Louis Vuitton Wins Lawsuit Supressing Artwork About LV-ish Bag -- Or Genocide, Maybe

from the sad dept

Three years ago, we wrote about artist Nadia Plesner, who was being sued by Louis Vuitton, because of some t-shirts she had made to raise money for the victims of genocide in Darfur. The idea was to create an image of a Darfur victim pimped out to look like Paris Hilton -- including carrying a Louis Vuitton-looking bag (though not an exact match). This is political speech, plain and simple. It's not a trademark violation in any sense of trademark law. Plesner didn't really fight the original lawsuit and lost, leading her to change the original drawing. So I was a bit confused over the past few days when I saw what appeared to be the same story popping up, involving the same artist, but it appears to just be the latest twist in the story. Plesner apparently created a painting that reused the same character:
So, Louis Vuitton freaked out again, and got an ex parte (basically only one side got to present their case) judgment against Plesner, with a penalty of 5,000 euros per day, and forbids her from showing the piece. I have an English translation of the ruling below, and it's really troubling. I recognize that Europe doesn't think as highly of free speech rights as we do in the US, but some of this stuff just makes absolutely no sense at all (Update: the section quote below is from LV's petition to the court, which is incorporated into the document, rather than from the court's statements itself, though the court seems to accept these claims as being valid):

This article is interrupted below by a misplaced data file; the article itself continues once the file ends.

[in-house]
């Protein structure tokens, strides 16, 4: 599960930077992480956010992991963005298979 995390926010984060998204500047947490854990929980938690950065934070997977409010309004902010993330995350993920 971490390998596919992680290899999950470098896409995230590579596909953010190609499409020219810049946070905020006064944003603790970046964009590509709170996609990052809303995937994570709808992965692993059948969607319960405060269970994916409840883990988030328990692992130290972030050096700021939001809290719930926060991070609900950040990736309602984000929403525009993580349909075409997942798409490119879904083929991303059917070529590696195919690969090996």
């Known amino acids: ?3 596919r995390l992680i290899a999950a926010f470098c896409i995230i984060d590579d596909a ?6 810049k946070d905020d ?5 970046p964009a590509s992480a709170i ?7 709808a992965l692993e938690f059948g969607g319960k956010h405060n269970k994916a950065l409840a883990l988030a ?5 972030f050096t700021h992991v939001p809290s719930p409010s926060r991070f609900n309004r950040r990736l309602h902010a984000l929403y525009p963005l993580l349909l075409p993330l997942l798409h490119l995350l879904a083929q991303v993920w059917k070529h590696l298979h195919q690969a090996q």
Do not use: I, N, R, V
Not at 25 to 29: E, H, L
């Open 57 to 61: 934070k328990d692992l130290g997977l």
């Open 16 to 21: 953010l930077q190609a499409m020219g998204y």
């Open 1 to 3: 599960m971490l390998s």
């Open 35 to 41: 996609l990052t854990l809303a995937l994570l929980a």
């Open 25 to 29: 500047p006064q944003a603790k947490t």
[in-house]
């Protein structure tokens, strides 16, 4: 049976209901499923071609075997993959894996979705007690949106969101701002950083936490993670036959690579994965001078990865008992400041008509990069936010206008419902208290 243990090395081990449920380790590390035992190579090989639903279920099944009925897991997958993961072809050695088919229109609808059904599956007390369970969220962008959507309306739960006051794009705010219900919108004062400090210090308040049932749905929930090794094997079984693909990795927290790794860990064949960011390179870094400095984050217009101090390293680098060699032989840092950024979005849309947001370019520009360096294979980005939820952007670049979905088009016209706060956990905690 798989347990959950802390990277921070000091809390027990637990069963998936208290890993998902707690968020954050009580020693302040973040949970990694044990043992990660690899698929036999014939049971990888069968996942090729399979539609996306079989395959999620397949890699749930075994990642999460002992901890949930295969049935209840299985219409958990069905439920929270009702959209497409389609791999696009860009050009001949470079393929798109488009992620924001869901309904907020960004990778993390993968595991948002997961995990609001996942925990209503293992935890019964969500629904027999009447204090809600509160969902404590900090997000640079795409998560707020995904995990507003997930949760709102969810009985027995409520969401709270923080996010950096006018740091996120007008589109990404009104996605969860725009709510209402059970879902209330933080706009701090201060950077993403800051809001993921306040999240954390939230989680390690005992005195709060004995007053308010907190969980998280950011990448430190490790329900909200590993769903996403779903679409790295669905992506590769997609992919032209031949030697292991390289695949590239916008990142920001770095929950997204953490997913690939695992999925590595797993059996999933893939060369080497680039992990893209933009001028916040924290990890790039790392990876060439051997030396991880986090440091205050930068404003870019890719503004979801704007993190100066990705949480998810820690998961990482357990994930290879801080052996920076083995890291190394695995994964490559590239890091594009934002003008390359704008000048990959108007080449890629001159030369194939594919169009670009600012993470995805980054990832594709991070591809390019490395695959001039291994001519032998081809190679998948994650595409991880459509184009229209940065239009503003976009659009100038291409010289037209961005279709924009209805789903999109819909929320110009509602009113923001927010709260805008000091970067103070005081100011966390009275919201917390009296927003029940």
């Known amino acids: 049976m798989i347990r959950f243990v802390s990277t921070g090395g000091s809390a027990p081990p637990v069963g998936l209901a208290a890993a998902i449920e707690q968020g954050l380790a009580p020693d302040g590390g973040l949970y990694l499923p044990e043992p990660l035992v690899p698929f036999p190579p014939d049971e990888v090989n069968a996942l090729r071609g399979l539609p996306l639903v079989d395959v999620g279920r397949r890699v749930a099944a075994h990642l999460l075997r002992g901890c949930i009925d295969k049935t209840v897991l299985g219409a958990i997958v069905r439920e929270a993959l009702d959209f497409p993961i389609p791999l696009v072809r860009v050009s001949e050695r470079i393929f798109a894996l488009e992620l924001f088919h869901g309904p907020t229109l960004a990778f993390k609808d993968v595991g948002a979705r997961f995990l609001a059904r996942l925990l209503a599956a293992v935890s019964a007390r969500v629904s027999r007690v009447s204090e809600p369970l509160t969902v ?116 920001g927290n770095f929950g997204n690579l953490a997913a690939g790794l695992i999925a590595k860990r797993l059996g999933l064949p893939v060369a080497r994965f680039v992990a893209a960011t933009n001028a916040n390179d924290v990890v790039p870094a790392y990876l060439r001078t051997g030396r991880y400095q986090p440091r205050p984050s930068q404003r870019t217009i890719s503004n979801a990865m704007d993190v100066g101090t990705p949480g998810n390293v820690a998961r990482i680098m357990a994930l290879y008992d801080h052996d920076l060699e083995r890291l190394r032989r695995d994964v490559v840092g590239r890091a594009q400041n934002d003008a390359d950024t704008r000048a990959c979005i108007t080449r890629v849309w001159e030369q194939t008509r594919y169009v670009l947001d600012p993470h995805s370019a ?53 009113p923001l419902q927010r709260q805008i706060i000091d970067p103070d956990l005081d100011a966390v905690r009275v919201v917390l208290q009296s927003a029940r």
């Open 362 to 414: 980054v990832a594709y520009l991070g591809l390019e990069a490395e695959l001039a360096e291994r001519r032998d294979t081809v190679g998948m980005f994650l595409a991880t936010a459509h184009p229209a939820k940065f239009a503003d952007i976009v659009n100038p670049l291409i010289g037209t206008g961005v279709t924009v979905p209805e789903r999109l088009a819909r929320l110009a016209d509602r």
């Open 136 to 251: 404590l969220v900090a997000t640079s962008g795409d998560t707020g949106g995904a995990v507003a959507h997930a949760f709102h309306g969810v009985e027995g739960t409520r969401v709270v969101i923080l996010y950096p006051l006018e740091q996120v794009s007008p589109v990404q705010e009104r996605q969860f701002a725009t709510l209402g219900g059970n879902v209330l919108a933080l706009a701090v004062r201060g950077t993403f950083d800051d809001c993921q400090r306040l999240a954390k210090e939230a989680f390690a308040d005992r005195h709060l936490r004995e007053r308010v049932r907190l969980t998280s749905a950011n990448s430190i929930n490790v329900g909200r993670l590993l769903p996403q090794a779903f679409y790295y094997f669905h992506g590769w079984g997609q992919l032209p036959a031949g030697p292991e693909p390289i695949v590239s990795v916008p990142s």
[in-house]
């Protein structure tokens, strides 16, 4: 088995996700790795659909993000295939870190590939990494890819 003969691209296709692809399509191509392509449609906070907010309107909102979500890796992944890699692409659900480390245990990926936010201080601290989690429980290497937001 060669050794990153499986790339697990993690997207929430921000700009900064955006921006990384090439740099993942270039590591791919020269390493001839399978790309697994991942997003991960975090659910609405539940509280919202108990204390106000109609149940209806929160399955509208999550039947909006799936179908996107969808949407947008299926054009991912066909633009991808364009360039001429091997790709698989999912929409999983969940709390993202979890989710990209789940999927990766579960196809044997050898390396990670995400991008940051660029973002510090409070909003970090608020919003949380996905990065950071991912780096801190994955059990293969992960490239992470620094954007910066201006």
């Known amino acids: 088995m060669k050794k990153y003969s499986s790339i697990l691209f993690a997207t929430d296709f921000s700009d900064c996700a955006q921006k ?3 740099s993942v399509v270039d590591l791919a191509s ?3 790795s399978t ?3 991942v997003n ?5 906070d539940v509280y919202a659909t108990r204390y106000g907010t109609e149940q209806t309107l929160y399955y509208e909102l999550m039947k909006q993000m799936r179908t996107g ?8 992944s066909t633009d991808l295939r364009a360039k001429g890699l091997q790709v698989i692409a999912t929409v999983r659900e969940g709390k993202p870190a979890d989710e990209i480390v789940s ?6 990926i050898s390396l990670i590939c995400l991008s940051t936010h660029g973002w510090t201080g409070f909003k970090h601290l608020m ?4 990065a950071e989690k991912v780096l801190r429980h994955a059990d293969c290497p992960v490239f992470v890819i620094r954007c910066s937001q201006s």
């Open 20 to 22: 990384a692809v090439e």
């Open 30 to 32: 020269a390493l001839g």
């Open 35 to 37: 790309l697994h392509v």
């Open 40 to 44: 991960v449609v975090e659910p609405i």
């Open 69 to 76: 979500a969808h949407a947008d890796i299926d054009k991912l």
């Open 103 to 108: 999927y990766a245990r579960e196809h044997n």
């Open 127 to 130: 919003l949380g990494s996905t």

In addition, Plesner relied on freedom of speech at the time. This defence also holds no water.

In general, intellectual property rights are regarded as justified restrictions of the freedom of speech within the meaning of Article 10 (2) of the ECHR: they are (i) prescribed by law, (ii) necessary in a democratic society, and (iii) intended for the protection of the reputation or rights of others. Only in exceptional cases, an intellectual property right (except from the restrictions already contained in the relevant IP laws) may be set aside on grounds of the freedom of speech. The strict requirements that apply as a condition for this have not been met in the present case, for a number of reasons.

First of all, there is no necessity to use the intellectual property rights of Louis Vuitton. Louis Vuitton has nothing to do with the genocide in Darfur, and therefore it is not necessary (and without reason) to associate Louis Vuitton with this genocide and to use its intellectual property rights for this purpose. Even as far as Plesner's message is that the public would only be interested in "showbiz elements" and not in the wrongs going on in the world (cf. paragraph 8 above), there is no necessity to use the intellectual property rights of Louis Vuitton. There are numerous other means to get this message across without using the intellectual property rights of Louis Vuitton; for example, if the choice would be made to maintain the picture of the African small child, the child could be depicted with a large diamond ring, or with a shiny car in the background, or slumping in front of a TV, etc. etc.).